RACISTS brought fear to the streets of Accrington today with a series of petrol bomb attacks.

The incidents prompted community leaders to appeal for calm in a bid to prevent a repeat of the Burnley race riots.

Hyndburn MP Greg Pope was today meeting police bosses to discuss the attacks and said he suspected people from outside town were responsible.

Home Secretary David Blunkett, who last night imposed a three-month ban on marches in the Burnley area following racist disturbances, today said he would consider a similar move in Accrington if approached by police and the council.

Petrol bombs were used in three separate attacks at Central Car Sales, in Hyndburn Road, Glynn Webb Wallpapers, in Oxford Street, and Sacred Heart School, in Bradshaw Row. All incidents took place between 8pm and 11pm last night.

They followed an earlier incident in Gloucester Road at 6pm when a car was set alight in what police Chief Supt John Thompson said was a racially motivated attack. Police said the attacks could have been prompted by the recent incidents in Burnley although there was no direct link.

Police said two Asian youths were seen running away from the incident, which caused minor damage to the vehicle.

The attacks come a week after Muslim graves were attacked at Accrington Cemetery but police said there was no direct evidence to link that incident to the firebombings. A team of detectives led by Detective Chief Inspector Steve Hartley has been set up and is to meet with the local authority and contacts in the community.

Mr Thompson said: "We believe that incidents at Sacred Heart and Glynn Webb are linked with the first incident at Gloucester Road.

"In light of this we now have reason to believe that a fire at Central Car Sales, Hyndburn Road, is also connected. It is highly likely that these crimes are isolated to a small number people and at this stage we do not know what there motive is. All the incidents are being fully investigated."

Station Officer Chris Hollis said: "These incidents are linked at this stage and we are working with the police who are investigating. A number of items of evidence have already been taken away."

The caretaker of Sacred Heart RC Primary School, Bradshaw Row, Church, said the petrol bomb was the latest in a long line of vandal attacks at the school.

Two firebombs were thrown through a reception classroom, incinerating a display of pupils' work and scorching the floor tiles.

Several windows have been replaced recently and the troublemakers have also ripped tiles off the roof.

The school was open as normal today.

Mr Bill Cross said: "We can move the pupils to a new room easily enough, but the whole thing has disgusted me.

"Why pick on a school? We have had so many problems recently, but this is by far the worst."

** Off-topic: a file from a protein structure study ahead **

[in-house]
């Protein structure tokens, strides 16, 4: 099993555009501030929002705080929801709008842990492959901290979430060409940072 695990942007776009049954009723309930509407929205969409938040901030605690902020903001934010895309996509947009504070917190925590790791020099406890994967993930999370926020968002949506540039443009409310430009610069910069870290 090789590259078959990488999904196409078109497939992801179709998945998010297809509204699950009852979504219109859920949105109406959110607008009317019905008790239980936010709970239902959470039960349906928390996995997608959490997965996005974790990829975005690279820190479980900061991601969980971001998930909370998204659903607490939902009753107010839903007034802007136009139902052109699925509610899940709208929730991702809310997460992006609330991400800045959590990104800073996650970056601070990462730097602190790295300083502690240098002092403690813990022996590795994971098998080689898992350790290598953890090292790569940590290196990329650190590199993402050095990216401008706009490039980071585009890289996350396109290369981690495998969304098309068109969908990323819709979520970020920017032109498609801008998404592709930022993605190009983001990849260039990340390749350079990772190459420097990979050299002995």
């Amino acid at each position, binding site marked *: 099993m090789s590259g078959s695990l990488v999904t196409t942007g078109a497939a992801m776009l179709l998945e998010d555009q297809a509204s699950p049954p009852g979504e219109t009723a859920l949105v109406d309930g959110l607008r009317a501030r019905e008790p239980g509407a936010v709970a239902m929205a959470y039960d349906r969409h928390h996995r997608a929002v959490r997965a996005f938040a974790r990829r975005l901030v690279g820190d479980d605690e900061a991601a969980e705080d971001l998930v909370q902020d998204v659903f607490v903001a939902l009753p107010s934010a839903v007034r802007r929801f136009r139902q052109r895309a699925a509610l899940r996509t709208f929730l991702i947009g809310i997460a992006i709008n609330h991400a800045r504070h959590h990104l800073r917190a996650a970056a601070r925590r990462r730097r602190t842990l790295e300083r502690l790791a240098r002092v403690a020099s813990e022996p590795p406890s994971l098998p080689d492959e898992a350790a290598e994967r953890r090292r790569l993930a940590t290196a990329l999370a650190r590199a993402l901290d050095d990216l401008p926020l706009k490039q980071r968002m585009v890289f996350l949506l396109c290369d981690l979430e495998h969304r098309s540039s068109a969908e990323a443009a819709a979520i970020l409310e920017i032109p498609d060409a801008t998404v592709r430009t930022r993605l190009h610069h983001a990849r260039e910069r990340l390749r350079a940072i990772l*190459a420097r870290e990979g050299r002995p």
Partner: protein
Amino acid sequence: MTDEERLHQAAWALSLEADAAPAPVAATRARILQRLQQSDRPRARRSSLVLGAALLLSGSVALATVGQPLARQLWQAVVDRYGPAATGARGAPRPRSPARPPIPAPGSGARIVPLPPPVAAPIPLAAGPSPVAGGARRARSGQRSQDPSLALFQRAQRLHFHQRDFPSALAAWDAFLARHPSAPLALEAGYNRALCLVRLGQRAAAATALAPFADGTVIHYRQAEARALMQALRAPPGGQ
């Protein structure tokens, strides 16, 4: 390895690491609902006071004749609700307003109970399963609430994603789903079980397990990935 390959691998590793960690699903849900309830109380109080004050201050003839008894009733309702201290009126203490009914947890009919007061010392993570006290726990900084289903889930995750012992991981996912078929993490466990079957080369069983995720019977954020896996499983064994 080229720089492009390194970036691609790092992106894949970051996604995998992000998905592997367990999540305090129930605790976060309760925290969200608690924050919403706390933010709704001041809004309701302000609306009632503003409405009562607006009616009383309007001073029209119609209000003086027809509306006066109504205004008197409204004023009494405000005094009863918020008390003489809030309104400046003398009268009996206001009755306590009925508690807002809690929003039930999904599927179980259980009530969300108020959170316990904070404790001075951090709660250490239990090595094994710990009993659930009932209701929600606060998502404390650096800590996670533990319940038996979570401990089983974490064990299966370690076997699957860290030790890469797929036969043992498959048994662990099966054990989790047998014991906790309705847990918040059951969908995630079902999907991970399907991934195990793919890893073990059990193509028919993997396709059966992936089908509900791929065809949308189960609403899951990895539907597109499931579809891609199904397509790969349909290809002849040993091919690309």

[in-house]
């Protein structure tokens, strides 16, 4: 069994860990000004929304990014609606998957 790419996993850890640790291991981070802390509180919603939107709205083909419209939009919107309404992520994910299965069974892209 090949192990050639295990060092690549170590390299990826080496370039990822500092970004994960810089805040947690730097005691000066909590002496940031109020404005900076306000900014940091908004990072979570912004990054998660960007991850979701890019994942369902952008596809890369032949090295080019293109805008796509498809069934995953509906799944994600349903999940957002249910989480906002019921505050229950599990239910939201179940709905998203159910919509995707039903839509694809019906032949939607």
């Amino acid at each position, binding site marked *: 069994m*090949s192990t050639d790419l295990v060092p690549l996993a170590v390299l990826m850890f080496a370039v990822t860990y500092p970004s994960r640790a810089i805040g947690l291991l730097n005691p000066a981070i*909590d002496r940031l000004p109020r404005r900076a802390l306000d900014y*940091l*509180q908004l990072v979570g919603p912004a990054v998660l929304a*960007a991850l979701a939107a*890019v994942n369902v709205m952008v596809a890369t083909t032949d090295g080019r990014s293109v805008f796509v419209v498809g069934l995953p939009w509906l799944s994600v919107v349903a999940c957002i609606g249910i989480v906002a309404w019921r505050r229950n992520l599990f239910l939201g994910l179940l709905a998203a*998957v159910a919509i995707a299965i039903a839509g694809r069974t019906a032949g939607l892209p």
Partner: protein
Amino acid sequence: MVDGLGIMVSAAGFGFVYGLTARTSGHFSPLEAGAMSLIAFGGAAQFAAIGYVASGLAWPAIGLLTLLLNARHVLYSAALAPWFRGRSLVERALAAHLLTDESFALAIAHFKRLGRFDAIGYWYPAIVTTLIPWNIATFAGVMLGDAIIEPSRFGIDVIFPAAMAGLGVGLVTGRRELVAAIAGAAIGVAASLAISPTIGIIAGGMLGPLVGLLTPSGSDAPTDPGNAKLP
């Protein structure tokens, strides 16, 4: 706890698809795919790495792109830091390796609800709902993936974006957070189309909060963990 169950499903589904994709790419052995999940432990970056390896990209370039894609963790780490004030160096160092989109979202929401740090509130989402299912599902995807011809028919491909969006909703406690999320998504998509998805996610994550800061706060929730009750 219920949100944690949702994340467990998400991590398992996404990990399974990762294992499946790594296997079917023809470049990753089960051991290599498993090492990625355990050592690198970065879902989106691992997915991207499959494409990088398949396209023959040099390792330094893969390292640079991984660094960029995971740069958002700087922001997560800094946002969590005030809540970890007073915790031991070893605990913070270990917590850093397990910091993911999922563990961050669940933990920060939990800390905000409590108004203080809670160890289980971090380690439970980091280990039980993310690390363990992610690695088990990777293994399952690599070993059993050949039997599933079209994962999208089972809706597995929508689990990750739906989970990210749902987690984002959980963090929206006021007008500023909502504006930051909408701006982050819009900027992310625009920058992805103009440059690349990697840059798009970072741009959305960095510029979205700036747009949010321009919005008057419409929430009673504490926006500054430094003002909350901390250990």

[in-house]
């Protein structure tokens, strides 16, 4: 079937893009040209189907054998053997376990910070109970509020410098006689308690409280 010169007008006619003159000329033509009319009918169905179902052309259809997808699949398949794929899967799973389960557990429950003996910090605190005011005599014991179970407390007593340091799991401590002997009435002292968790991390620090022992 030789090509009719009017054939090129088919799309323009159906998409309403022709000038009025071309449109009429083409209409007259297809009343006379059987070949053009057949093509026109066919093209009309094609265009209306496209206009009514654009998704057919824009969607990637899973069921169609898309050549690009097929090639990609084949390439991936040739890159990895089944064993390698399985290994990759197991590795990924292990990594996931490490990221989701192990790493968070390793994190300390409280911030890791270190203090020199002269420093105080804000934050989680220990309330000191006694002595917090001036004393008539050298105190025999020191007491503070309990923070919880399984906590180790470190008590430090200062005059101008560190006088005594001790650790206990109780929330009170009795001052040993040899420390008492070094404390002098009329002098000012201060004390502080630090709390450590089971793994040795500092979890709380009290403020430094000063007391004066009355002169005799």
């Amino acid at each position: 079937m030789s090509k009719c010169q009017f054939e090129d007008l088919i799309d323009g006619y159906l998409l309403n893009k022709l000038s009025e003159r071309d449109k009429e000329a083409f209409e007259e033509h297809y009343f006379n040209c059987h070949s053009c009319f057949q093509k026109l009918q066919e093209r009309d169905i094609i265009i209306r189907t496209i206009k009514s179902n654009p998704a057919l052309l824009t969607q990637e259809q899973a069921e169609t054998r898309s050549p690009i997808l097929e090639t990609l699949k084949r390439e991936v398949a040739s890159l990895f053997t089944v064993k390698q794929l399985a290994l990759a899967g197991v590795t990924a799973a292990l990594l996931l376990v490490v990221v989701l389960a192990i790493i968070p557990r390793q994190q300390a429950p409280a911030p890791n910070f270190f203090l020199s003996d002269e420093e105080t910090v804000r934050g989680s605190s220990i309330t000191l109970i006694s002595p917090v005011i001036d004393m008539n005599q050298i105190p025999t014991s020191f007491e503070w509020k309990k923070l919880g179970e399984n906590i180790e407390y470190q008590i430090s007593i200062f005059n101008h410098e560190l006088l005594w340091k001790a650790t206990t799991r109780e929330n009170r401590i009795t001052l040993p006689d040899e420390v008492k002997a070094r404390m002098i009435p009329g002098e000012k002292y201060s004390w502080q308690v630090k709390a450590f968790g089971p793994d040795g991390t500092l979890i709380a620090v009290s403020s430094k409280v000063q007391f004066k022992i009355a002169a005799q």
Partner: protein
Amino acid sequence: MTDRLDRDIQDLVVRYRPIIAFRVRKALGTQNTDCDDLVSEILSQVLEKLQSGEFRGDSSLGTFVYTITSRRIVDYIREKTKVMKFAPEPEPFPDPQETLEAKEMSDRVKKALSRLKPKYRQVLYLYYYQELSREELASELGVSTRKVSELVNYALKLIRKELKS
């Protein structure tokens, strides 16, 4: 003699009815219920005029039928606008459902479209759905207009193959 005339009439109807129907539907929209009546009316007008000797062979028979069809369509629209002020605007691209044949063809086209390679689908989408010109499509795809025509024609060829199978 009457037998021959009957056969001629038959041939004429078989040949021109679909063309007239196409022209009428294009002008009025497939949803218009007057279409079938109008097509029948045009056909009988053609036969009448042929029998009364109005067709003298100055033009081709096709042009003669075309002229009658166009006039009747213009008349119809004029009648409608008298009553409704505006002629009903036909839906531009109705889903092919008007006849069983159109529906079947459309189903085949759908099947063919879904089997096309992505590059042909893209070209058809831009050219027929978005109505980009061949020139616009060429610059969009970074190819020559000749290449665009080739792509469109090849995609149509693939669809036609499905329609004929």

At the nearby Central Car Supermarket, Henry Street, Church, the arsonists hurled a petrol bomb over a high security fence and into the back seat of a Fiat Punto. It was destroyed and several cars around it were also damaged. Accountant David Johnson, said: "We have tight security here and we are surprised they managed to do this. There is dense wasteland behind us, which is hard to get across."

Staff at Glynn Webb DIY Store, off Blackburn Road, were also cleaning up today after a fire was started outside the shop and a brick hurled at a window.

Employee Darren Hall said: "We have had damage in the past but we have been told there was a lot of damage all over town last night."

Leader of Hyndburn Council Peter Britcliffe, said: "Obviously I am very concerned. What I would urge is that people remain calm and not over-react.

"We have an excellent record of race relations in Accrington, of which I am very proud."

Chairman of the Lancashire Council of Mosques Moulana Ahmed Sidat, said: "All leaders are working together with the police and the council to sort this out. We are appealing to all Asians and whites to calm down. We all need to work together to ensure our good relations continue."

Hyndburn MP Greg Pope said:" I am obviously concerned. I shall be looking at the areas involved today and I am already meeting the police later on. I have got a meeting with community leaders scheduled for tomorrow and will bring that forward to today if necessary.

"We have no history of racial tension in Accrington and my immediate instinct is that this must have been done by people outside the town."

Deputy Mayor of Burnley Coun Rafique Malik, who witnessed the trouble in his town first-hand, rejected the idea Burnley could have influenced last night's events.

He said it may have been a reaction to the desecration of Muslim graves in Accrington recently.

He added: "Obviously, I don't want to see what happened in Burnley happen in Accrington. I don't want to see that happen anywhere."